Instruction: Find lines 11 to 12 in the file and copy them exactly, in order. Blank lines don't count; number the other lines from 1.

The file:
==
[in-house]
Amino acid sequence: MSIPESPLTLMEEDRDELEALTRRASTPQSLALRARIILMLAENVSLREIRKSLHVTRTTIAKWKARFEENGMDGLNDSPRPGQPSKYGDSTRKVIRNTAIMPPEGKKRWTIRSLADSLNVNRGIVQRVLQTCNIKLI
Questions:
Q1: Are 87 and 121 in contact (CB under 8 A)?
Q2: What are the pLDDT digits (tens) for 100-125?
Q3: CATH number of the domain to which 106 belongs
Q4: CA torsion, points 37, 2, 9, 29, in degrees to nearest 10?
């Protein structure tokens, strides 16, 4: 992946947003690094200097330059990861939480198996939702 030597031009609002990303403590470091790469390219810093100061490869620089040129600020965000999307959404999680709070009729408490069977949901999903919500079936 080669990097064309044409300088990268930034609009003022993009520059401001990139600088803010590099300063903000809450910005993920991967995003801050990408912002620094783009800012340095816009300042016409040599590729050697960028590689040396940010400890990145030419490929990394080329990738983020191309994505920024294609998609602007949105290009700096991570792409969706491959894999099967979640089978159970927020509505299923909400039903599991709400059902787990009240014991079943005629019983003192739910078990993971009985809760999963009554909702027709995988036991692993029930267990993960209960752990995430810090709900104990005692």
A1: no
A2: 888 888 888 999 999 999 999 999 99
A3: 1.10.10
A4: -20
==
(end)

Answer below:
A3: 1.10.10
A4: -20